I too, can see the appeal of a small layout. Quickish construction and you can super detail til your hearts content but I´ve always wanted to build a big layout and as I don´t intend moving house in the future, it was now or never.


Edited by McGomez, 22 September 2013 - 18:54 .


#14 McGomez

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Posted 01 July 2011 - 15:47

I said in the introductory post that my favourite type of layout is a mix of Northern and Southern 70s grime. If possible, over and under arches.

If I had to pick a favourite that had it all and that I love to go back and look at over and over again, it would be “Shenston Road” that appears HERE.
Everything about it is to my liking, weathering, large industry, steam age infrastructure still going strong in the 70s and fantastic stock. That is not to say my layout will be the same but if it had the same general aura I´d be happy, albeit half as good as Shenston Road.
Saying all this, and realising I have not stated my chosen gauge, “The Grove” is not EM gauge, it is OO. I have never tried to make my own track and don´t have neither time nor inclination to do so but I admire anyone who does. As I also run Spanish models the gauge is not correct either but it’s not the end of the world is it?



Back to the layout photos.

After leaving the fiddle yard, I had to contemplate on how to get to the viewing level which was a rise of about 15 cm, IIRC. I did some tests which, looking back are embarrassing to say the least.
This first photo shows the structure (the cork covered ply at front right hand side is the ramp up from the fiddle yard).


Maqueta 2008 07 (15).jpg


This second photo shows the curved ply plonked on top for effect. You can see problem #1 where ramp meets curve, if the gradient is too steep.

Maqueta 2008 07 (14).jpg


This third image shows the ply has been levelled out with the help of threaded M8 rods and the test train of a Bachmann 08 that couldn´t get any further due to severe wheelslip problems. The kids loved it!

The coaches are once again from my childhood collection. A MKIII shorty by Hornby and a Lima MKII brake corridor (I think). The Lima coach which was bought for the princely sum of 2,99 quid at Zodiacs toyshop in Hatfield town centre. Any locals remember that shop? Any locals remember Hatfield town centre for that matter?


Portland 09-11 curve 08 plus 2 coaches.jpg


This weekend I’ll hopefully upload some fotos of progress on the new and improved helix….

Edited by McGomez, 20 March 2012 - 13:39 .

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#15 McGomez

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Posted 02 July 2011 - 15:36

It was around the end of 2008 that I had arrived at the following plans.

The curve from the previous photos would be hidden under the station and would exit from a tunnel and go around 2 walls, doubling back on itself by the diesel tank via a flyover and then return to the station on an embankment/arches before taking a gentle gradient down to the fiddle yard once more.

Hopefully the following sketches of the 3 distinct levels will help explain this. As you can see the fiddle yard drawing was still half complete.


08-12-29 Portland 3 in 1 layout plan.jpg


During Xmas of 2008 I remember working out the necessary gradients and available space and started a rethink. I know there is a lot of track involved here but didn’t think there was much playability to it. It needed a junction or 2 to bring a bit of interest to the proceedings.

On looking at the gradients I realised that a middle board would be necessary to take the track back down to the fiddle yard by the diesel tank so set about building a framework in the centre of the garage.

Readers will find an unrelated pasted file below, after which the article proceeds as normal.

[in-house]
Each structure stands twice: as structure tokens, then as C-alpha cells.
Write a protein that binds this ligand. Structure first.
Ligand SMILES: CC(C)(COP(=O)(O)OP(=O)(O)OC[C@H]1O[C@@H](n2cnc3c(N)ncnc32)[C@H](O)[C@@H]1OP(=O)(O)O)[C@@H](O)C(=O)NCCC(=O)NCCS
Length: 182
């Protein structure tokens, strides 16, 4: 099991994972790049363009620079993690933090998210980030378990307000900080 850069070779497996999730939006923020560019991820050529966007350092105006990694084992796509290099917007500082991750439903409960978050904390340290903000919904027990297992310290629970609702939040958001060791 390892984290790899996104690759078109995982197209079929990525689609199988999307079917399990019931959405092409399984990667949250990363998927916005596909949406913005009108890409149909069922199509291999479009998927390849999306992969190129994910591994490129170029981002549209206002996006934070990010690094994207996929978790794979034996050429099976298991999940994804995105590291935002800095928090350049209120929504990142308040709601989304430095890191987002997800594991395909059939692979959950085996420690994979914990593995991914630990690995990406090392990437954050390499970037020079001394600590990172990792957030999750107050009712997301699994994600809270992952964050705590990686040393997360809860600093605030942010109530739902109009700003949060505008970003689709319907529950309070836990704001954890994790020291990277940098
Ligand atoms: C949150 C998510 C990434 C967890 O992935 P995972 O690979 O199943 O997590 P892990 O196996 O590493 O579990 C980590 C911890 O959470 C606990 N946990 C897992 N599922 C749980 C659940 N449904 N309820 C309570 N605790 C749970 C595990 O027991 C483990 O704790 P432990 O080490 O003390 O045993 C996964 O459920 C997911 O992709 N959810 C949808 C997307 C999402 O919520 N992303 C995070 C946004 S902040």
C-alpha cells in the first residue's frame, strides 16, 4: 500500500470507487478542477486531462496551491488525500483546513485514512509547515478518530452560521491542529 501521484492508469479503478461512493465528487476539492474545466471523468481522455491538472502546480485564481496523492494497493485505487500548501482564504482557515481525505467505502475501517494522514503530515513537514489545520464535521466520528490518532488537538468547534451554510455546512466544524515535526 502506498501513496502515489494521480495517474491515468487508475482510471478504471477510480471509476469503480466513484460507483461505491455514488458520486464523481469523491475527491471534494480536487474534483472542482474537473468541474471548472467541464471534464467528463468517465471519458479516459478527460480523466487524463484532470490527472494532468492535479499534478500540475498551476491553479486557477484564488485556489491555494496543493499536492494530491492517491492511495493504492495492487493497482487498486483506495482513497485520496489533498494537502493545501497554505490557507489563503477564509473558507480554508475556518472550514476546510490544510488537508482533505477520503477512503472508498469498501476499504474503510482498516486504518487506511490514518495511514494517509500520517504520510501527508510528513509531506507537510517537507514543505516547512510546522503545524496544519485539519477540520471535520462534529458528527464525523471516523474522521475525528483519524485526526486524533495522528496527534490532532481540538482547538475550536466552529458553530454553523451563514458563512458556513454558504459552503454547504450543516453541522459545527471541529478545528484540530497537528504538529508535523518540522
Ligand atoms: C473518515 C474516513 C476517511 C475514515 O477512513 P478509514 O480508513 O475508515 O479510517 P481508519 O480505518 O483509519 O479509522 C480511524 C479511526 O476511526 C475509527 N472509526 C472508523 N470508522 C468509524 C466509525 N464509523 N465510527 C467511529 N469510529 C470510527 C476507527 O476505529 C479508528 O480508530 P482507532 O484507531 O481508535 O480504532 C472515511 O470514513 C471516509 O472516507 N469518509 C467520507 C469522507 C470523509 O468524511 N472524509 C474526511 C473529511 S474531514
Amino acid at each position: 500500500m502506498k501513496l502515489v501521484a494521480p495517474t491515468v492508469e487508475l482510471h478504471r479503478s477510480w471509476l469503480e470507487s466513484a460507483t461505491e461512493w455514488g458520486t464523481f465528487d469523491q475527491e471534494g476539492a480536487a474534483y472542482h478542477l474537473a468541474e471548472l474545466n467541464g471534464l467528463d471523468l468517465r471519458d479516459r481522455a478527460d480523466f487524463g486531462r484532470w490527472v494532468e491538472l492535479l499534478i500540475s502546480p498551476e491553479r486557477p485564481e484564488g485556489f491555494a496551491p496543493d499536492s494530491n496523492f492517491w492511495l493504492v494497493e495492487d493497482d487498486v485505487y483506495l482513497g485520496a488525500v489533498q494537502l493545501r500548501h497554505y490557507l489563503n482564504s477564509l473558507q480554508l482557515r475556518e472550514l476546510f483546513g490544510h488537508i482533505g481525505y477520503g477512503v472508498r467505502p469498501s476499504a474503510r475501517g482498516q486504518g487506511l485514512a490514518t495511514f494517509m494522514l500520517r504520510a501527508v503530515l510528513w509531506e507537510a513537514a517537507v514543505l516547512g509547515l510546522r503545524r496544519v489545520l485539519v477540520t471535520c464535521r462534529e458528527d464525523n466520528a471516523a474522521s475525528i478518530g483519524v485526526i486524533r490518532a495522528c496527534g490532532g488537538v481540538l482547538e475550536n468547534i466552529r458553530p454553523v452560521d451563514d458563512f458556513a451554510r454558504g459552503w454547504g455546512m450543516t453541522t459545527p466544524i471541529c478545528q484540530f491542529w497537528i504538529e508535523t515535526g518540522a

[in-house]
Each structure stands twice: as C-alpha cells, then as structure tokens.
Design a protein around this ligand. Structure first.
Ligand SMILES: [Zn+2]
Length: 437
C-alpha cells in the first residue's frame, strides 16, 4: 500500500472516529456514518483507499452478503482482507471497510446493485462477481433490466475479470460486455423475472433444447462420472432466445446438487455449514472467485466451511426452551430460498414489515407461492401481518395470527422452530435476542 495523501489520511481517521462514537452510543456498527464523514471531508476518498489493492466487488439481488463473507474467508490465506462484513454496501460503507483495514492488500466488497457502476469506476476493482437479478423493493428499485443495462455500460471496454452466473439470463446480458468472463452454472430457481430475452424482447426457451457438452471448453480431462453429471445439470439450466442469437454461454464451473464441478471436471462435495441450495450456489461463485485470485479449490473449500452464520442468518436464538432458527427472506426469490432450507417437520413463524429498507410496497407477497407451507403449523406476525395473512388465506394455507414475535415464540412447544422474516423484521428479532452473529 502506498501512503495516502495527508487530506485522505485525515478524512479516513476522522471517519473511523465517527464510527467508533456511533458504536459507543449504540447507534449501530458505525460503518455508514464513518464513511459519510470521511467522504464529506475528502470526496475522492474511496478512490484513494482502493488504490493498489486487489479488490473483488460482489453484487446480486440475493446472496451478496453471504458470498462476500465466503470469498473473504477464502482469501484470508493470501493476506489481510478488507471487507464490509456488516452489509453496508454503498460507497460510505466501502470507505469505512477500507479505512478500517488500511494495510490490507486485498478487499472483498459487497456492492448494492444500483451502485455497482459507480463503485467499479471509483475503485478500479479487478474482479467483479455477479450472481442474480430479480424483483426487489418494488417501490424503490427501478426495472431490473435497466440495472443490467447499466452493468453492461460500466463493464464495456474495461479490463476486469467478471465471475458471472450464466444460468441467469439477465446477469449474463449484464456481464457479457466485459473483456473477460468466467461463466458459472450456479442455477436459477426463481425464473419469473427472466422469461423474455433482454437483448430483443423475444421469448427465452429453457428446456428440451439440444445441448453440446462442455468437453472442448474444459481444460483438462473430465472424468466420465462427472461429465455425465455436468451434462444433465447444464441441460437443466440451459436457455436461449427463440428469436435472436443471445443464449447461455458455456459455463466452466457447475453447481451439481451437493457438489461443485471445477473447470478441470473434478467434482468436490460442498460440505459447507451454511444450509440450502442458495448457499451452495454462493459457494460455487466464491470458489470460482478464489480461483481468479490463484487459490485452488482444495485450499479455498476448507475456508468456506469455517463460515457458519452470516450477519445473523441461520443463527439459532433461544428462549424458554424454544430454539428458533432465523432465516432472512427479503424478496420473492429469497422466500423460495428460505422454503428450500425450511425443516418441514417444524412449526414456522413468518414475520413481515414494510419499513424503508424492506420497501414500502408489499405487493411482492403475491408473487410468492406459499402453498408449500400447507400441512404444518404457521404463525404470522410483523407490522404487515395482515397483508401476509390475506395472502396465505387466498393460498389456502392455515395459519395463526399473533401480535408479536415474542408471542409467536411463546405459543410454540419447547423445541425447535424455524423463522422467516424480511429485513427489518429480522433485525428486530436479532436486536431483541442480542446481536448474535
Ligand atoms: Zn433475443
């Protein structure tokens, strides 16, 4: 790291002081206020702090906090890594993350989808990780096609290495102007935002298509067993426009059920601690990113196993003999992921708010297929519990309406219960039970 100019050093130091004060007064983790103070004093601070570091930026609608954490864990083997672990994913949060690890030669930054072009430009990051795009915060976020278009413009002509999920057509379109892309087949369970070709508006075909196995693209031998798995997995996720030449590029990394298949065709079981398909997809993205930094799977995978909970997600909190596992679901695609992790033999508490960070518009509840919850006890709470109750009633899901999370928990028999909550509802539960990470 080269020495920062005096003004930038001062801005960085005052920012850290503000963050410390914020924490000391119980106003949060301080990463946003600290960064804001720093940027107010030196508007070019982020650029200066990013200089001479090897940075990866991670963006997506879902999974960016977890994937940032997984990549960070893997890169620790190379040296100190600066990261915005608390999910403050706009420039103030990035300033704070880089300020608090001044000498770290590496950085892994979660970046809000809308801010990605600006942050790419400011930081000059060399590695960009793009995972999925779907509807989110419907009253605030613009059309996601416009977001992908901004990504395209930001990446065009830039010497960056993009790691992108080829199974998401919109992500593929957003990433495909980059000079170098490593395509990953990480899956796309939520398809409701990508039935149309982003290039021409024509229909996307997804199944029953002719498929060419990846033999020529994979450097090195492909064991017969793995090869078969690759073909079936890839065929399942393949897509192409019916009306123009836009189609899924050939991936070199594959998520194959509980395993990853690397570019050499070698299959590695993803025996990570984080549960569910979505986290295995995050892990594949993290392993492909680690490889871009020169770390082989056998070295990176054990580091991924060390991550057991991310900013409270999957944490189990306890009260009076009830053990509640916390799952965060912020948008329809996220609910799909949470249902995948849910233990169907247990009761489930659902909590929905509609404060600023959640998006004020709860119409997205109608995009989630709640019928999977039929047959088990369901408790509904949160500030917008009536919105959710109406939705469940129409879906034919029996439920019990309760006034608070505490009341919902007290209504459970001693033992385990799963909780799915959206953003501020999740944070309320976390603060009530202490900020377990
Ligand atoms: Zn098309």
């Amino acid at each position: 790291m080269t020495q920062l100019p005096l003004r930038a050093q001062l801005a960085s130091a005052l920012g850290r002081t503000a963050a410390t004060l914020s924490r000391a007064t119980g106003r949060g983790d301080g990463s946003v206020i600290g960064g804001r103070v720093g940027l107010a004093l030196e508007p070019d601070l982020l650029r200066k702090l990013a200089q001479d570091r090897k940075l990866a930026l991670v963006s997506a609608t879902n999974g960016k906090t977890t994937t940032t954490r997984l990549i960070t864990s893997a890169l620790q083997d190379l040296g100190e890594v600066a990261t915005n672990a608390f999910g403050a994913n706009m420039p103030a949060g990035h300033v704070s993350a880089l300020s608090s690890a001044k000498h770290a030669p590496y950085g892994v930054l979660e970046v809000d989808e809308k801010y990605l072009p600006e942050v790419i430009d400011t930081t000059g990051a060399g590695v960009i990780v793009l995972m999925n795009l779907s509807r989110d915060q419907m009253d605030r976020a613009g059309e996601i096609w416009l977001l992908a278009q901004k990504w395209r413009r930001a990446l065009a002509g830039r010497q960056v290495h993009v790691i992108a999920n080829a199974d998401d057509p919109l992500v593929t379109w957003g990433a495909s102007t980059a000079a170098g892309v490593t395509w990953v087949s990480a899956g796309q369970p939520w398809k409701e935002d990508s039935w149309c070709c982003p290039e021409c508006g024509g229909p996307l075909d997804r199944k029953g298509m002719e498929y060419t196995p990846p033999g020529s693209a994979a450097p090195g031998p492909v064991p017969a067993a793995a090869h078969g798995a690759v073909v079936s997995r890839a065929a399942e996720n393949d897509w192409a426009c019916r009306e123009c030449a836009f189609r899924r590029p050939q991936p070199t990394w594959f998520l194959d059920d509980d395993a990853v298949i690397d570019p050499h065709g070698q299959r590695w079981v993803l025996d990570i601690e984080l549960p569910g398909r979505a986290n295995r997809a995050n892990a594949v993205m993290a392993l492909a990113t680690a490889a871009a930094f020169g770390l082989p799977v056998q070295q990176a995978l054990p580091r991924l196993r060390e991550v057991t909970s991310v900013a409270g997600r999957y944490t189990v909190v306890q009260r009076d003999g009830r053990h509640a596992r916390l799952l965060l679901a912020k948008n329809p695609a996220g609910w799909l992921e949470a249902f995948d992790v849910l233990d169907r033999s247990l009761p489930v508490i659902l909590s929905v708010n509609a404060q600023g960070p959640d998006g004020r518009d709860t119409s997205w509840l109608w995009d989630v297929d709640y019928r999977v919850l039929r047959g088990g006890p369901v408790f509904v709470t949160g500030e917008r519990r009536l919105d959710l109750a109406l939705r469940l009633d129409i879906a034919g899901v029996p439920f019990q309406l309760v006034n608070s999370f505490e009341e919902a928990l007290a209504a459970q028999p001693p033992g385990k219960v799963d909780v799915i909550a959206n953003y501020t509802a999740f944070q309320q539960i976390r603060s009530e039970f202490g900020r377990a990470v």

The picture below shows the 2 open frames that would eventually take the tracks down to the fiddle yard. They were also used as a dumping ground for everything and anything that entered the garage and still are.


Portland 09-02-06 Middle section.JPG



During spring/summer of 2009, I concentrated on the layout design. The first sketch is starting to look similar to what Portland is like today.

I moved the station to the middle wall board (where the computer screen, plotter and Van Gogh original are to be seen in the background of the previous foto) and incorporated a junction either end. I thought this would provide plenty of operational moves from what would be the main lines and the double tracked branch line.

The helix was then designed so as to raise the track some 25cm. It was envisaged that it would follow the wall behind the station and once again fall on a gradient and run in to the station from the diesel tank side of the layout.

Incorporating the 2 junctions also gave me 2 tracks that would basically run around the 3 walls of the garage and cross from one side to the other on a viaduct.

Are you still following? If not, here’s another sketch.


09-07-18 Portland rethink.jpg






And finally, a mock up of the centre board showing the falling gradient towards the entrance of the fiddle yard on the right hand side.

09-02-22 Centre board mock up.JPG





All the best for now

Edited by McGomez, 08 April 2012 - 00:24 .

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#16 McGomez

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Posted 04 July 2011 - 16:46

Evening all.

Another installment.
This is where the visit to the Hamburg Minitur Wonderland came in handy as I had taken a photo of a 10 level helix (see below) so after some more investigation on the internet I decided on the threaded rod system but every quarter turn was a separate piece of ply held together with a ply sandwich. Of course, the track was laid after every 3 quarter sections were in place and tested by running a couple of locos up and down. I came to the conclusion that a gradient of 1 in 30 ish would be OK and modern locos don’t have too many problems getting up albeit a bit slow at times mainly due to the 20 wagon or 8 coach loads I like to see circulating. Maybe in the future, I’ll lower the ramp and put in another turn on the helix but as it works I’m not going to touch it yet.